Anyone who reads comments sections following news articles surely will have noticed the rotten wealth of trolls and other idiots who inhabit such forums. I thought about Brossard and Scheufele's piece again today when I read a post by Dan Conover at Xark: "Why I shut down comments". The post reflects on how blog communities have changed since the early days of blogging in 2005. This timeframe has coincided with the growth of social media of other types, such as Facebook and Twitter, which have given many people a closed community for sharing comments and perspectives with like-minded folks. Conover observes that the trolls and spam are more persistent, causing a rapid degradation of the value of comment sections of many blogs.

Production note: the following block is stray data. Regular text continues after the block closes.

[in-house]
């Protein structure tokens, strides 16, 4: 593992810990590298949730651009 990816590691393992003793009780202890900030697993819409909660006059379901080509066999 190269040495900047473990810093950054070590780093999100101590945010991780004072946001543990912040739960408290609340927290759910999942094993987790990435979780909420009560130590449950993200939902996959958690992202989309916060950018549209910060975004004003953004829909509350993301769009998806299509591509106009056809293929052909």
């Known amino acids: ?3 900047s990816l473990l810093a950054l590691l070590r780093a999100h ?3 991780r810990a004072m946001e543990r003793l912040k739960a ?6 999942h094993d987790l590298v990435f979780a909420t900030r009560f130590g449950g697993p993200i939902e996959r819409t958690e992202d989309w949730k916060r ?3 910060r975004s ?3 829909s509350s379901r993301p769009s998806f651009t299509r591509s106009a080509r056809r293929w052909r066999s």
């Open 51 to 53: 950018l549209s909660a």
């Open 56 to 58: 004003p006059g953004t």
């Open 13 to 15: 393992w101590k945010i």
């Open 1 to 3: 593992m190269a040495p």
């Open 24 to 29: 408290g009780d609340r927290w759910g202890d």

This isn't of course universal. Many blogs continue to have rich and varied comment sections with their posts, and some (like mine) never had any comments at all. What I find more interesting is this passage:
I believed then, as I believe now, that the ability to comment and share across horizontal, informal networks is the killer app for the 21st century.
Which sounds nice.
Unfortunately, newspaper and other traditional-media websites, for all their hand-wringing concerns about libel and civility circa 2005, are typically the worst offenders when it comes to building quality comment cultures. We've taught users bad habits and turned comment sections into troll ghettos.